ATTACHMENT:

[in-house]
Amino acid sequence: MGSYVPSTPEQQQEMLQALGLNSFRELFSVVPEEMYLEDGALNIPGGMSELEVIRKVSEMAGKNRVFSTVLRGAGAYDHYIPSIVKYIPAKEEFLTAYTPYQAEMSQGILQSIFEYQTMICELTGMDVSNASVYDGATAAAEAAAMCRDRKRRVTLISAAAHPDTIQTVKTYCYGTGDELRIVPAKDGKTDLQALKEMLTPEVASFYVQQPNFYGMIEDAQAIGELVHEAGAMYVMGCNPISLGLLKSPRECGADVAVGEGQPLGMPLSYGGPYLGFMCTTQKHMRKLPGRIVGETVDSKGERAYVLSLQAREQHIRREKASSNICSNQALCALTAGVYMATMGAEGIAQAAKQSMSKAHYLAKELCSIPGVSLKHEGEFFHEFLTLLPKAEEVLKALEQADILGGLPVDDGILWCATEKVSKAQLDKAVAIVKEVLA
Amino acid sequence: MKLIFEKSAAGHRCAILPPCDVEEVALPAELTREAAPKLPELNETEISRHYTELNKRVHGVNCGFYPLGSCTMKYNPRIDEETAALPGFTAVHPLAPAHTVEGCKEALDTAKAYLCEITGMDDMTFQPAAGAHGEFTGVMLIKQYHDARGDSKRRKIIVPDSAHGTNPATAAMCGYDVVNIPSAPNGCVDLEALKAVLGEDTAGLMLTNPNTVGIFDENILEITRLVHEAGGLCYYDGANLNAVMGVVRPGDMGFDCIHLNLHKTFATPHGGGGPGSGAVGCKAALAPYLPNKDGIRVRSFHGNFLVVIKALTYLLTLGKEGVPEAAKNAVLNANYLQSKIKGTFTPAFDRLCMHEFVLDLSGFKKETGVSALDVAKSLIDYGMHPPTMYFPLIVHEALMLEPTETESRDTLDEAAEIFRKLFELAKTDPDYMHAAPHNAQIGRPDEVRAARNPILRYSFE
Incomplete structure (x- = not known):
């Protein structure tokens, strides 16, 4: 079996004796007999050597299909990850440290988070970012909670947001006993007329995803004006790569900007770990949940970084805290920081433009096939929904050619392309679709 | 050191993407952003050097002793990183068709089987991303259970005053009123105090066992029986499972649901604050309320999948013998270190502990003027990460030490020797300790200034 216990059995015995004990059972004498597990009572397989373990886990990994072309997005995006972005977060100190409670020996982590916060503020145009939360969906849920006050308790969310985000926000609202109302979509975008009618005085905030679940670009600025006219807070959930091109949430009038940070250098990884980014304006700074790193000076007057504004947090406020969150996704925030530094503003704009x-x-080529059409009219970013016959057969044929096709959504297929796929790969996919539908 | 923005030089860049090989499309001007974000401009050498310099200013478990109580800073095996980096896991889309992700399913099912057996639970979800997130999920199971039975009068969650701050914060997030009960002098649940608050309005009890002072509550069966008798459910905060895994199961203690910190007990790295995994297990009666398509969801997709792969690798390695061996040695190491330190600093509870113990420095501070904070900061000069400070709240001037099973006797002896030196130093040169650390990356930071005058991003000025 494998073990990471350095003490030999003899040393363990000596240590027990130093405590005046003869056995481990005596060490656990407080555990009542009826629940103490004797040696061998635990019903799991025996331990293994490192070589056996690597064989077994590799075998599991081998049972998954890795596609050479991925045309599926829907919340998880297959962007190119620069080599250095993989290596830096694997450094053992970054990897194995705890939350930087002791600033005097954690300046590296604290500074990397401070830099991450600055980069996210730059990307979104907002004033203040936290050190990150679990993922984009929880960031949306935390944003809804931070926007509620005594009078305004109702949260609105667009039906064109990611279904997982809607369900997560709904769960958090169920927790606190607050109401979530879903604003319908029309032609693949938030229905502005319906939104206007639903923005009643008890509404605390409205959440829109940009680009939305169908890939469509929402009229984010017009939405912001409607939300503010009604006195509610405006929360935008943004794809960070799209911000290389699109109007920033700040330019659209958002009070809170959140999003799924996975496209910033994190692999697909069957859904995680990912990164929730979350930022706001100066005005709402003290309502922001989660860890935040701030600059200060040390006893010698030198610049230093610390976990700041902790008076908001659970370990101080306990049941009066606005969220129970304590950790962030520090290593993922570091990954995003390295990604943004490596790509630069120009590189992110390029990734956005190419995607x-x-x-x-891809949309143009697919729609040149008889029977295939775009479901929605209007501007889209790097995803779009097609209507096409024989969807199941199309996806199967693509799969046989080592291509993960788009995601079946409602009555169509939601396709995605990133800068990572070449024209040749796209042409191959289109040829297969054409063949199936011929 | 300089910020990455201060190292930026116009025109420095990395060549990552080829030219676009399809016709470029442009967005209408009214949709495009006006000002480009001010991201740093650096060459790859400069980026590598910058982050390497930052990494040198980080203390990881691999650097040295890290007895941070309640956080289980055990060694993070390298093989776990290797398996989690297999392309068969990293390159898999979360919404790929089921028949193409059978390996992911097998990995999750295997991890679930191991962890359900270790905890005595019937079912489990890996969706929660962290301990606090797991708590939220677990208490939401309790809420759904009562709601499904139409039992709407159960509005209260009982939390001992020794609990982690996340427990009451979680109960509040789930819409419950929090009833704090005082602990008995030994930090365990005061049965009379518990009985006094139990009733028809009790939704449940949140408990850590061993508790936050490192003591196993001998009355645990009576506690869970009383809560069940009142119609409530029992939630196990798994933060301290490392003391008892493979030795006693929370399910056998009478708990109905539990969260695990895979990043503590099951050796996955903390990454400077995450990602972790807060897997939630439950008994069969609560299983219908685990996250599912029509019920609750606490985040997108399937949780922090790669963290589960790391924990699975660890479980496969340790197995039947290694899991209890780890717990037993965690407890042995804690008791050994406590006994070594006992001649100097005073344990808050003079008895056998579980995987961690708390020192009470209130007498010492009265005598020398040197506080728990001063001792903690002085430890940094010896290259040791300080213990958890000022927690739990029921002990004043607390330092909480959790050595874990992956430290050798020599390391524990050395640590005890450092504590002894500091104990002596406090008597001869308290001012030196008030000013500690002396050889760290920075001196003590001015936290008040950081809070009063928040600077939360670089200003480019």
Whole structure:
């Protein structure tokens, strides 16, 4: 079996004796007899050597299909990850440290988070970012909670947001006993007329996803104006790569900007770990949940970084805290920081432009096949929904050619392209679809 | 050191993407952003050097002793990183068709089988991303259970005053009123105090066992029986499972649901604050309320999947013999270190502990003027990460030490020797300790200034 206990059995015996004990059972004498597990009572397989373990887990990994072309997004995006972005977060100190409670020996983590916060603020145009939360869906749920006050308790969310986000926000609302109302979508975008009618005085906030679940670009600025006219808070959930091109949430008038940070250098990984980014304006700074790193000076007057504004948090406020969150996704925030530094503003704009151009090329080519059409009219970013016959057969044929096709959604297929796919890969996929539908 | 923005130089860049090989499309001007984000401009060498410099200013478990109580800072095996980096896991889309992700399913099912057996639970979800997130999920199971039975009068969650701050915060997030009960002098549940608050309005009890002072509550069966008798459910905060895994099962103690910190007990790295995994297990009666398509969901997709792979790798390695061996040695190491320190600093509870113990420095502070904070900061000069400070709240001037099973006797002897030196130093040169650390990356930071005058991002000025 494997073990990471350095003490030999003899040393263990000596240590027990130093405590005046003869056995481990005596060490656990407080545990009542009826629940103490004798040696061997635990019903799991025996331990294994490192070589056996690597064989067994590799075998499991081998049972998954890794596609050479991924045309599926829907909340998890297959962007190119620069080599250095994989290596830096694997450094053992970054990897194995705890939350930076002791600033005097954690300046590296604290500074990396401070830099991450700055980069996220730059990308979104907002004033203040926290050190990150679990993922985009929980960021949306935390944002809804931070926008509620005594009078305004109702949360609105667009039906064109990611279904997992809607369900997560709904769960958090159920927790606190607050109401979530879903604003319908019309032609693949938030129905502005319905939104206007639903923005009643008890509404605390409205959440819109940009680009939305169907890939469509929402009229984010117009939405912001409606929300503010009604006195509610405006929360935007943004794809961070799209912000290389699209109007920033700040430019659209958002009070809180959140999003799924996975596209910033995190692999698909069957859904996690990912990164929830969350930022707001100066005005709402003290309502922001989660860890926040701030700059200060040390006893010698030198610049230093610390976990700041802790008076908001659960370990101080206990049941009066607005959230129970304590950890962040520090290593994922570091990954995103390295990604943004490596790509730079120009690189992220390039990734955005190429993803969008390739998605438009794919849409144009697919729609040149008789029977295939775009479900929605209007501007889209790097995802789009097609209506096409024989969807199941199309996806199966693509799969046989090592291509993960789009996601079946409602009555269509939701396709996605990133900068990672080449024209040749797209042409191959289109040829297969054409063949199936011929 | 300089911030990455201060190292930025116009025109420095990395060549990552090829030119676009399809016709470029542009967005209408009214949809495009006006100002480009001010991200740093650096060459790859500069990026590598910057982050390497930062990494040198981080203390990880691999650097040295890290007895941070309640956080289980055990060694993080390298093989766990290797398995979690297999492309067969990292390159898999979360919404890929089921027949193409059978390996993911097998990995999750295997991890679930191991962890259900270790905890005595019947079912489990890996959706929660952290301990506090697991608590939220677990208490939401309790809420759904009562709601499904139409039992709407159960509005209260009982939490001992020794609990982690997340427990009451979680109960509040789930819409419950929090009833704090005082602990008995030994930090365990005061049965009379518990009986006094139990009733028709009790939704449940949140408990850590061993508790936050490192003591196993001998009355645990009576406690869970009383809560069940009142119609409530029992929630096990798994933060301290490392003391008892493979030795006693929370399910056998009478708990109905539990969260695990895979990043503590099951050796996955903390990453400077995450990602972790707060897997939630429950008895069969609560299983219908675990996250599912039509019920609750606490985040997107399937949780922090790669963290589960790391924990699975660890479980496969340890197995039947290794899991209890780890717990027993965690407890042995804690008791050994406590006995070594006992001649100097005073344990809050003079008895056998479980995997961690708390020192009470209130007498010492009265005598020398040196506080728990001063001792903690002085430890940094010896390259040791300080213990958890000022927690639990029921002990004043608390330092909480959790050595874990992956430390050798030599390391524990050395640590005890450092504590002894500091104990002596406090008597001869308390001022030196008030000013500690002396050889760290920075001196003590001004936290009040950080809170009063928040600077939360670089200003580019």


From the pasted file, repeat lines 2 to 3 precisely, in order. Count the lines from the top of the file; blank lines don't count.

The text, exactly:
Amino acid sequence: MGSYVPSTPEQQQEMLQALGLNSFRELFSVVPEEMYLEDGALNIPGGMSELEVIRKVSEMAGKNRVFSTVLRGAGAYDHYIPSIVKYIPAKEEFLTAYTPYQAEMSQGILQSIFEYQTMICELTGMDVSNASVYDGATAAAEAAAMCRDRKRRVTLISAAAHPDTIQTVKTYCYGTGDELRIVPAKDGKTDLQALKEMLTPEVASFYVQQPNFYGMIEDAQAIGELVHEAGAMYVMGCNPISLGLLKSPRECGADVAVGEGQPLGMPLSYGGPYLGFMCTTQKHMRKLPGRIVGETVDSKGERAYVLSLQAREQHIRREKASSNICSNQALCALTAGVYMATMGAEGIAQAAKQSMSKAHYLAKELCSIPGVSLKHEGEFFHEFLTLLPKAEEVLKALEQADILGGLPVDDGILWCATEKVSKAQLDKAVAIVKEVLA
Amino acid sequence: MKLIFEKSAAGHRCAILPPCDVEEVALPAELTREAAPKLPELNETEISRHYTELNKRVHGVNCGFYPLGSCTMKYNPRIDEETAALPGFTAVHPLAPAHTVEGCKEALDTAKAYLCEITGMDDMTFQPAAGAHGEFTGVMLIKQYHDARGDSKRRKIIVPDSAHGTNPATAAMCGYDVVNIPSAPNGCVDLEALKAVLGEDTAGLMLTNPNTVGIFDENILEITRLVHEAGGLCYYDGANLNAVMGVVRPGDMGFDCIHLNLHKTFATPHGGGGPGSGAVGCKAALAPYLPNKDGIRVRSFHGNFLVVIKALTYLLTLGKEGVPEAAKNAVLNANYLQSKIKGTFTPAFDRLCMHEFVLDLSGFKKETGVSALDVAKSLIDYGMHPPTMYFPLIVHEALMLEPTETESRDTLDEAAEIFRKLFELAKTDPDYMHAAPHNAQIGRPDEVRAARNPILRYSFE